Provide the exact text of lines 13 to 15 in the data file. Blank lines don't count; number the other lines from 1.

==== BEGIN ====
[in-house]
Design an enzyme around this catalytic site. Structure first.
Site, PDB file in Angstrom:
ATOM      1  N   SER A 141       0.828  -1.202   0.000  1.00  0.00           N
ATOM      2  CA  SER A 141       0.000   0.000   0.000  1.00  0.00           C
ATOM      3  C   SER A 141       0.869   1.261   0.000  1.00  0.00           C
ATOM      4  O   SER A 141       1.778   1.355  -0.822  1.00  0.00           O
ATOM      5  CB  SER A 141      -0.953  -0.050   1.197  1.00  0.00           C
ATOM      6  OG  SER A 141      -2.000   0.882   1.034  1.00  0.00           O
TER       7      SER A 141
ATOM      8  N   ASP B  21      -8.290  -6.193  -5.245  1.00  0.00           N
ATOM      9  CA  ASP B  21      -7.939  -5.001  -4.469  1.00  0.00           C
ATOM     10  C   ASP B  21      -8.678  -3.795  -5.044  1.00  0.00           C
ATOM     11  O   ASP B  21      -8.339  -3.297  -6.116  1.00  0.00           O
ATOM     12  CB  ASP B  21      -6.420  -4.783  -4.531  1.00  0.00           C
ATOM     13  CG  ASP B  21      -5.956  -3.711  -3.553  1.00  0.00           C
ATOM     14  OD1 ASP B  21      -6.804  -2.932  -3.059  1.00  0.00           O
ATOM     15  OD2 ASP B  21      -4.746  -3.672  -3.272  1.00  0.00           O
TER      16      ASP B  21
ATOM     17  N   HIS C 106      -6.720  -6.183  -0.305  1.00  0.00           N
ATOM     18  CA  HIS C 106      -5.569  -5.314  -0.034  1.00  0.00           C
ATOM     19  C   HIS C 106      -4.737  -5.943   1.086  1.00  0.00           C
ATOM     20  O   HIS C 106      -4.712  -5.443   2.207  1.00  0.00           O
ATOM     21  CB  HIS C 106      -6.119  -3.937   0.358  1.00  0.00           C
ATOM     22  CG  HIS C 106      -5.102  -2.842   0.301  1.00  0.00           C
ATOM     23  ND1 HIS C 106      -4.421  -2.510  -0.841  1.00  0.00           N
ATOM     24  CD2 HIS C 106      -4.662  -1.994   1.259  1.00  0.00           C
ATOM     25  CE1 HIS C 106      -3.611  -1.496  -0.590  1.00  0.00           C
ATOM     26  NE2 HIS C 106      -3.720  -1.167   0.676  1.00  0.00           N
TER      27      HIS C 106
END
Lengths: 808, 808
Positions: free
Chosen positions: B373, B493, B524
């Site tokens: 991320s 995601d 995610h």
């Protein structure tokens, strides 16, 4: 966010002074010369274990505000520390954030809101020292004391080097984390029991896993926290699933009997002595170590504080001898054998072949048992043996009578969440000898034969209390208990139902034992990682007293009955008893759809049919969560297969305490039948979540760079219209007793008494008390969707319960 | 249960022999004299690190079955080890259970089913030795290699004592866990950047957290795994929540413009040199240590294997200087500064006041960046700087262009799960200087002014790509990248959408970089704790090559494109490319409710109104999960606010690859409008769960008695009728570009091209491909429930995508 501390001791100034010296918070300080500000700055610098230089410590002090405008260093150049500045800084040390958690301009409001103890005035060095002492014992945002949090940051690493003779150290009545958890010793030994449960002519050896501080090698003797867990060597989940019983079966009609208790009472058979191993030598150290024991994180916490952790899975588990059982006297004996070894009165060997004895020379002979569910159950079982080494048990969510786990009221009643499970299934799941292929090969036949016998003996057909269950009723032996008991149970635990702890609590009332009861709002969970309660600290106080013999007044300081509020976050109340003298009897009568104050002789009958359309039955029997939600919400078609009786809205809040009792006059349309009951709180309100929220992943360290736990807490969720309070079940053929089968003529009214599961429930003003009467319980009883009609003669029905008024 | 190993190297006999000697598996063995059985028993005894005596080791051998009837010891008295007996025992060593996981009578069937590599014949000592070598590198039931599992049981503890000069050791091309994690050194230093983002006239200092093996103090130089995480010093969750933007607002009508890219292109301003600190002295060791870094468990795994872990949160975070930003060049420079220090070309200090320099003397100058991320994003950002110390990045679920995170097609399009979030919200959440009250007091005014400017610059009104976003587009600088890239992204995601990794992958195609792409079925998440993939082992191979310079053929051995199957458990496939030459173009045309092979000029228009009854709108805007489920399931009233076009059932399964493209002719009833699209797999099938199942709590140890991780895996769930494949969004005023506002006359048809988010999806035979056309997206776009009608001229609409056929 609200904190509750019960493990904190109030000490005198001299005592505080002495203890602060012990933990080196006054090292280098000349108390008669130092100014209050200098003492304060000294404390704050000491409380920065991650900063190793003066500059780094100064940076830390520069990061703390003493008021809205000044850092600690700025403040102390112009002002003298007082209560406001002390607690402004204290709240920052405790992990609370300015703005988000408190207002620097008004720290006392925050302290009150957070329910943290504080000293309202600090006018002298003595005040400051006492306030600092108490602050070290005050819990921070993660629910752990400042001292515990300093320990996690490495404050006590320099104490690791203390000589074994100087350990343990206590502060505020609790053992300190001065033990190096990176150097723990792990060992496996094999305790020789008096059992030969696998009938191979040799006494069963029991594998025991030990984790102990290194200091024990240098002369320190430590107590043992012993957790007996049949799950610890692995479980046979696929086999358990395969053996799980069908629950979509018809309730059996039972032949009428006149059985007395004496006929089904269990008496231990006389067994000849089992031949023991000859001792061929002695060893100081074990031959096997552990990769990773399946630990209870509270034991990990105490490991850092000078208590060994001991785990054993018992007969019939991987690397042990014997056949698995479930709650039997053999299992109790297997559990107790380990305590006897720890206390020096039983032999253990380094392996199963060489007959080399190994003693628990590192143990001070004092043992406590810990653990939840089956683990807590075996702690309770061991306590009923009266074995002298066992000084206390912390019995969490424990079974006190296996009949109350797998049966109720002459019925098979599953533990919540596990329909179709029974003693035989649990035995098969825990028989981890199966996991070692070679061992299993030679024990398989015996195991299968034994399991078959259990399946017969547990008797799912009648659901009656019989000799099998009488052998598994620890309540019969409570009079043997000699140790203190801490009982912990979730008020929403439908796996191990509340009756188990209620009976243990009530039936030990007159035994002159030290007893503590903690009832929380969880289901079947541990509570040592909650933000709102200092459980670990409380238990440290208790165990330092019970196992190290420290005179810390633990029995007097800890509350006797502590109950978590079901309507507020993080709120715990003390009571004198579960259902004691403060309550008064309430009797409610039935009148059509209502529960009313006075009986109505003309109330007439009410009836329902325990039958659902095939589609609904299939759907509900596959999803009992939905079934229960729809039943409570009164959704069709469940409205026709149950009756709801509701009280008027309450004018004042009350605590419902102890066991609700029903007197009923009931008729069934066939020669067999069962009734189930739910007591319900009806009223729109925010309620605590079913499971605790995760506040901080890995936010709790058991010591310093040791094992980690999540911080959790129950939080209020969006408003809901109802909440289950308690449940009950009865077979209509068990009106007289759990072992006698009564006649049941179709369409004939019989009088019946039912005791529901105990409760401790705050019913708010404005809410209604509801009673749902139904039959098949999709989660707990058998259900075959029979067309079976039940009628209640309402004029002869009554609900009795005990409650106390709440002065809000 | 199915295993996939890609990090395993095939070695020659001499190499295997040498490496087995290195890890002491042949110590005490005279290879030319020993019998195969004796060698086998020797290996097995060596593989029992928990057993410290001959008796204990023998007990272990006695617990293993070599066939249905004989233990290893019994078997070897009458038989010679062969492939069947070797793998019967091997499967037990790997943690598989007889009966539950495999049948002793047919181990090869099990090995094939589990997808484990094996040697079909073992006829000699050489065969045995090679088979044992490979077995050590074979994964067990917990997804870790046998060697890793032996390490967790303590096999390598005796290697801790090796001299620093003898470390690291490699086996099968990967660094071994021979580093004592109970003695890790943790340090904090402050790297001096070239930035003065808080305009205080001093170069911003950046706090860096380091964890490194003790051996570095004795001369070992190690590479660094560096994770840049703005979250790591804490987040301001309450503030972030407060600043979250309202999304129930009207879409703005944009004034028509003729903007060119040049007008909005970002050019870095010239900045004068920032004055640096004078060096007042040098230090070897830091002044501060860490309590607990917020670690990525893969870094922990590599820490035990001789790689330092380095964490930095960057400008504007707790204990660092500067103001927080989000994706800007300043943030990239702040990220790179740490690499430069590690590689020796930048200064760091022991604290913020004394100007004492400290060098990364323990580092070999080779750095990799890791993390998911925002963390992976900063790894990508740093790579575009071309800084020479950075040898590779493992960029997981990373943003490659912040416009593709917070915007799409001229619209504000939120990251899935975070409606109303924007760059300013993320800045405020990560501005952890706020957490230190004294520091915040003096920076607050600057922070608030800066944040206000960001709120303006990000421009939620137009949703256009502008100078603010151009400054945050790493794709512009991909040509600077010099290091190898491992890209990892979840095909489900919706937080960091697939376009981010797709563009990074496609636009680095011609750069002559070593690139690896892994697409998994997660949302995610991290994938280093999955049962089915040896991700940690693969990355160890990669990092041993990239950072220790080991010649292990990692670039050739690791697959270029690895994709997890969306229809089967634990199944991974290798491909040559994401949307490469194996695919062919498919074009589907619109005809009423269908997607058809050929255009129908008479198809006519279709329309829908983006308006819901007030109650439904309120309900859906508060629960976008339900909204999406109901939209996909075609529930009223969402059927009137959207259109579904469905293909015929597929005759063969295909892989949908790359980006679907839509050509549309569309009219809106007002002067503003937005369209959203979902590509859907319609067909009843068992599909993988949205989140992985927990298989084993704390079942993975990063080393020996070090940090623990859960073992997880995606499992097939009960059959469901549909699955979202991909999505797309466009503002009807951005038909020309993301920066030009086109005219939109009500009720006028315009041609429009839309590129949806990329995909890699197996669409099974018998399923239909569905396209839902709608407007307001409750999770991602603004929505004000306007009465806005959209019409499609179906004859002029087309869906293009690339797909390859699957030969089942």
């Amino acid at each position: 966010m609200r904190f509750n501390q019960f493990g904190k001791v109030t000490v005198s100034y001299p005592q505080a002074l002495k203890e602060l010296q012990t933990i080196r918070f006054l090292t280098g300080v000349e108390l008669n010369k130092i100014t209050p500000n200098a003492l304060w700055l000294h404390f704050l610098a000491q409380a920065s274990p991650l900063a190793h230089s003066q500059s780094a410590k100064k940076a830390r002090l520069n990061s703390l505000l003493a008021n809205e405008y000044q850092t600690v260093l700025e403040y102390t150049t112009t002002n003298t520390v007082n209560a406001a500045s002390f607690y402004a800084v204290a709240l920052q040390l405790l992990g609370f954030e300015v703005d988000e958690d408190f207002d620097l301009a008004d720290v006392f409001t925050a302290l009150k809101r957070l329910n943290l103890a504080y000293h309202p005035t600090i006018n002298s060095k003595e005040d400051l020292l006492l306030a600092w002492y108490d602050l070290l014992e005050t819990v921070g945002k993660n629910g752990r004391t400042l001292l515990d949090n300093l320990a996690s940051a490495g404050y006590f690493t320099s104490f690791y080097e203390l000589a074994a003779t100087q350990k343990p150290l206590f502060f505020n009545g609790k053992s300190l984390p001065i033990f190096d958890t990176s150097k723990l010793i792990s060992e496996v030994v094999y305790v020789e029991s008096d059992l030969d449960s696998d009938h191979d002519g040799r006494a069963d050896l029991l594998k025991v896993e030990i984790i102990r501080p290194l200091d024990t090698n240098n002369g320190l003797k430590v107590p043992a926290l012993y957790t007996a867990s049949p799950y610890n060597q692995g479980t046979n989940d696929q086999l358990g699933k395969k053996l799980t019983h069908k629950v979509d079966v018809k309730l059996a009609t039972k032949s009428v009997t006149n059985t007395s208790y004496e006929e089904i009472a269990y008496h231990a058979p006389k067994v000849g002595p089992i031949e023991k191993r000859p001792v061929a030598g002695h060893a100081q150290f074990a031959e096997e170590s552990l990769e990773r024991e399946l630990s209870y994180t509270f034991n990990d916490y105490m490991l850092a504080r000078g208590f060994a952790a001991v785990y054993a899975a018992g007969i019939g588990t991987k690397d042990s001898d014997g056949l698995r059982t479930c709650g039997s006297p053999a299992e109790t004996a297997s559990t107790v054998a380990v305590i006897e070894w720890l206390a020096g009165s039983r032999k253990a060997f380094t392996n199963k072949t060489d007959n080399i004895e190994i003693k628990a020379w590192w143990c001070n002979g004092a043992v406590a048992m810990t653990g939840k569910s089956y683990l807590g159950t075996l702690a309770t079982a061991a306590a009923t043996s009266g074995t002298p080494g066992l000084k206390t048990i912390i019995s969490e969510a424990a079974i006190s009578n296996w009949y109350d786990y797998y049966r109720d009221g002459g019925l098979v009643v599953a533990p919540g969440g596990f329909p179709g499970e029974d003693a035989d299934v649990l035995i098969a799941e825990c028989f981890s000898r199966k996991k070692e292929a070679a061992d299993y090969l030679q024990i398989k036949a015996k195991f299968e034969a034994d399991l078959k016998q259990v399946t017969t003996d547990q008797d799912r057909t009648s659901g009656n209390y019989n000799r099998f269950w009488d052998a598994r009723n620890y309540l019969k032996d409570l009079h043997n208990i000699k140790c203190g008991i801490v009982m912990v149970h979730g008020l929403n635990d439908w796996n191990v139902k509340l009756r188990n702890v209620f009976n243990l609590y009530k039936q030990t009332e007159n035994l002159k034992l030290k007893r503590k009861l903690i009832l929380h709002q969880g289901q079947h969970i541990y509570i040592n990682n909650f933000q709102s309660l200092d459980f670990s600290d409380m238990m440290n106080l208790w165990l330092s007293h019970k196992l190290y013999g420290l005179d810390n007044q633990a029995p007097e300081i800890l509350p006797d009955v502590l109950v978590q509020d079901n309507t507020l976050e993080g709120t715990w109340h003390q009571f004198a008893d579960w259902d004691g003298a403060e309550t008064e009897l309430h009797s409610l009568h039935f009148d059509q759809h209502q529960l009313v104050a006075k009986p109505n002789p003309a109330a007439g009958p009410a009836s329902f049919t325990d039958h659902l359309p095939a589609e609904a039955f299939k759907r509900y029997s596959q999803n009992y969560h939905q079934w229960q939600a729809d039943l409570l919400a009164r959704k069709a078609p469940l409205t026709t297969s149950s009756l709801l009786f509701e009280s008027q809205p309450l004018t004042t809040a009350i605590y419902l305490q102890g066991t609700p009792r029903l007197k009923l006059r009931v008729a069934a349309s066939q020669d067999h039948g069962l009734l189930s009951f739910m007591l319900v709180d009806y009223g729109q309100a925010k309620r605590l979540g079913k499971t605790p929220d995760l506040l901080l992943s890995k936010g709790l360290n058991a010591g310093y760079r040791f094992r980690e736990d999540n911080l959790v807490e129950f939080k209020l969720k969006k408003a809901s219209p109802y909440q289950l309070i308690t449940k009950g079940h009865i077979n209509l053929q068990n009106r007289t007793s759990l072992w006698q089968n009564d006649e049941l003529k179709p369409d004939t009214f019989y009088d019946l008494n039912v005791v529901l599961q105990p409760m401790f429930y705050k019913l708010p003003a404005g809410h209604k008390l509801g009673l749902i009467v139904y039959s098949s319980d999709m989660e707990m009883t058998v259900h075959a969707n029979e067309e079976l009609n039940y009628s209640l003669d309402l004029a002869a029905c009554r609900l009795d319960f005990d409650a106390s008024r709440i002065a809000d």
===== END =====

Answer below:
ATOM     10  C   ASP B  21      -8.678  -3.795  -5.044  1.00  0.00           C
ATOM     11  O   ASP B  21      -8.339  -3.297  -6.116  1.00  0.00           O
ATOM     12  CB  ASP B  21      -6.420  -4.783  -4.531  1.00  0.00           C